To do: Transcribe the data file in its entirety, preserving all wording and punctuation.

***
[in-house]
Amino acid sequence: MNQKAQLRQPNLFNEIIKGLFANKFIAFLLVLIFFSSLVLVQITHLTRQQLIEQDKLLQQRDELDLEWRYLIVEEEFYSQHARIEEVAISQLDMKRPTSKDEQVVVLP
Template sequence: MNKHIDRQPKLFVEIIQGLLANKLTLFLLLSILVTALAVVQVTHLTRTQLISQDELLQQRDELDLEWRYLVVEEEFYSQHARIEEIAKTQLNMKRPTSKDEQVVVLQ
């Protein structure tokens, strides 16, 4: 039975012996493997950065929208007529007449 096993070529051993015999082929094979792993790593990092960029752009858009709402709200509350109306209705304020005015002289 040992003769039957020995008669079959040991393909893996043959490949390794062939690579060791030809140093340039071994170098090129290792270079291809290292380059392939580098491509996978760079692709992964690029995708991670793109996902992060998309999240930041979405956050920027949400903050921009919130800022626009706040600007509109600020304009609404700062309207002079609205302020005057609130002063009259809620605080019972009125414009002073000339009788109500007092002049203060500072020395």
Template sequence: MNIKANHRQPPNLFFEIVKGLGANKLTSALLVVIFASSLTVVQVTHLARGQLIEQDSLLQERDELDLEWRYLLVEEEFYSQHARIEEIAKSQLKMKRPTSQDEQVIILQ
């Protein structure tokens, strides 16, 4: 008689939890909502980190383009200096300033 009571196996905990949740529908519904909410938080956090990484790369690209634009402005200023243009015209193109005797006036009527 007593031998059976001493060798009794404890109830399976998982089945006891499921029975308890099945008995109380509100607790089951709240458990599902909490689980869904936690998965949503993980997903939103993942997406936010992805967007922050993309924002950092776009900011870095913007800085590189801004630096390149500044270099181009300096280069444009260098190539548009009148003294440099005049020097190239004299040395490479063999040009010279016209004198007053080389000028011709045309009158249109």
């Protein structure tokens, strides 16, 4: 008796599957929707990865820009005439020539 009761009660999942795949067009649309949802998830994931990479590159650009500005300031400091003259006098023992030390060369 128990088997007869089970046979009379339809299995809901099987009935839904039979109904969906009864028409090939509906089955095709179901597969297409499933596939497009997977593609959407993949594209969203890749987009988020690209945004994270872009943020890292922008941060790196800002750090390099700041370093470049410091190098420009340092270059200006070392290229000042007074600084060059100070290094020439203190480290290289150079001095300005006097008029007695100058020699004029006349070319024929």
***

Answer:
[in-house]
Amino acid sequence: MNQKAQLRQPNLFNEIIKGLFANKFIAFLLVLIFFSSLVLVQITHLTRQQLIEQDKLLQQRDELDLEWRYLIVEEEFYSQHARIEEVAISQLDMKRPTSKDEQVVVLP
Template sequence: MNKHIDRQPKLFVEIIQGLLANKLTLFLLLSILVTALAVVQVTHLTRTQLISQDELLQQRDELDLEWRYLVVEEEFYSQHARIEEIAKTQLNMKRPTSKDEQVVVLQ
């Protein structure tokens, strides 16, 4: 039975012996493997950065929208007529007449 096993070529051993015999082929094979792993790593990092960029752009858009709402709200509350109306209705304020005015002289 040992003769039957020995008669079959040991393909893996043959490949390794062939690579060791030809140093340039071994170098090129290792270079291809290292380059392939580098491509996978760079692709992964690029995708991670793109996902992060998309999240930041979405956050920027949400903050921009919130800022626009706040600007509109600020304009609404700062309207002079609205302020005057609130002063009259809620605080019972009125414009002073000339009788109500007092002049203060500072020395």
Template sequence: MNIKANHRQPPNLFFEIVKGLGANKLTSALLVVIFASSLTVVQVTHLARGQLIEQDSLLQERDELDLEWRYLLVEEEFYSQHARIEEIAKSQLKMKRPTSQDEQVIILQ
């Protein structure tokens, strides 16, 4: 008689939890909502980190383009200096300033 009571196996905990949740529908519904909410938080956090990484790369690209634009402005200023243009015209193109005797006036009527 007593031998059976001493060798009794404890109830399976998982089945006891499921029975308890099945008995109380509100607790089951709240458990599902909490689980869904936690998965949503993980997903939103993942997406936010992805967007922050993309924002950092776009900011870095913007800085590189801004630096390149500044270099181009300096280069444009260098190539548009009148003294440099005049020097190239004299040395490479063999040009010279016209004198007053080389000028011709045309009158249109």
């Protein structure tokens, strides 16, 4: 008796599957929707990865820009005439020539 009761009660999942795949067009649309949802998830994931990479590159650009500005300031400091003259006098023992030390060369 128990088997007869089970046979009379339809299995809901099987009935839904039979109904969906009864028409090939509906089955095709179901597969297409499933596939497009997977593609959407993949594209969203890749987009988020690209945004994270872009943020890292922008941060790196800002750090390099700041370093470049410091190098420009340092270059200006070392290229000042007074600084060059100070290094020439203190480290290289150079001095300005006097008029007695100058020699004029006349070319024929």